The quintessential variety show host Art Linkletter was adept at touching the average American's funny bone and pulling the heartstrings often simultaneously. His "House Party" made the listener and later the viewer feel at home. His forte came to be conversations with children which eventually put him on the best-seller list with "Kids Say The Darndest Things," culled from his many interviews with the little tads. Beginning as a radio personality, Linkletter found it easy to transfer his easy-going down-home mannerisms to the tube.
His most successful prime time show came to be "People Are Funny," begun on radio in 1942, which reached its peak on television in the mid 1950's. He would have guests chosen beforehand from the studio audience do crazy stunts--mainly of a slapstick nature. Some of the tricks were psychological in tone, for example having the guest attempt to give money away to passers-by on the street, turning out to be a very difficult task indeed.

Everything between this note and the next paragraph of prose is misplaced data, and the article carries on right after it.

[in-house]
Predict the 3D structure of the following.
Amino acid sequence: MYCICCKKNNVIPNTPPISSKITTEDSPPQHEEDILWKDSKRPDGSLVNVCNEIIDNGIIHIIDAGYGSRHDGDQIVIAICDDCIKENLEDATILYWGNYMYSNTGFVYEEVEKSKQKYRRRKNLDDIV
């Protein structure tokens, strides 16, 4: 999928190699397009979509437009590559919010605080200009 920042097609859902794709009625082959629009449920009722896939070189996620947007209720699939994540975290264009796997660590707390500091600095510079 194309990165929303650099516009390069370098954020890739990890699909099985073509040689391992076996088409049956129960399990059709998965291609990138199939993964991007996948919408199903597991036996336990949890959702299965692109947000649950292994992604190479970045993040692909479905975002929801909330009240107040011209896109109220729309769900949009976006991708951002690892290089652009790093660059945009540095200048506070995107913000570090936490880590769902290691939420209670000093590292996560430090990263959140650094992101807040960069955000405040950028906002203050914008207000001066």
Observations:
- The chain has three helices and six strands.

Being a youngster at the time, what I remember most about the show was the huge computer labeled Univac by the producers, which today would be little more than a giant calculator, but very impressive in 1956. Linkletter attempted to use the computer as a matching machine for couples. It was fun to watch and now considered a pioneering effort for early television.
I also recall Linkletter making a big to-do about an old codger living as a hermit in the Ozark hills. Since I lived in the Ozarks, my interest was aroused. Supposedly, the old timer had no contact with the outside world. Linkletter had him flown to LA to appear on "People Are Funny," his first confrontation with air travel and big city life. On stage he appeared nonplussed and somewhat dumbfounded. The gimmick didn't go as well as planned. The old geezer was hurriedly taken back to the Ozarks on a big bird.
For those early TV addicts who wanted their fun simple and down to earth, "People Are Funny" was for them. And who could ask for a more personable host than Art Linkletter?
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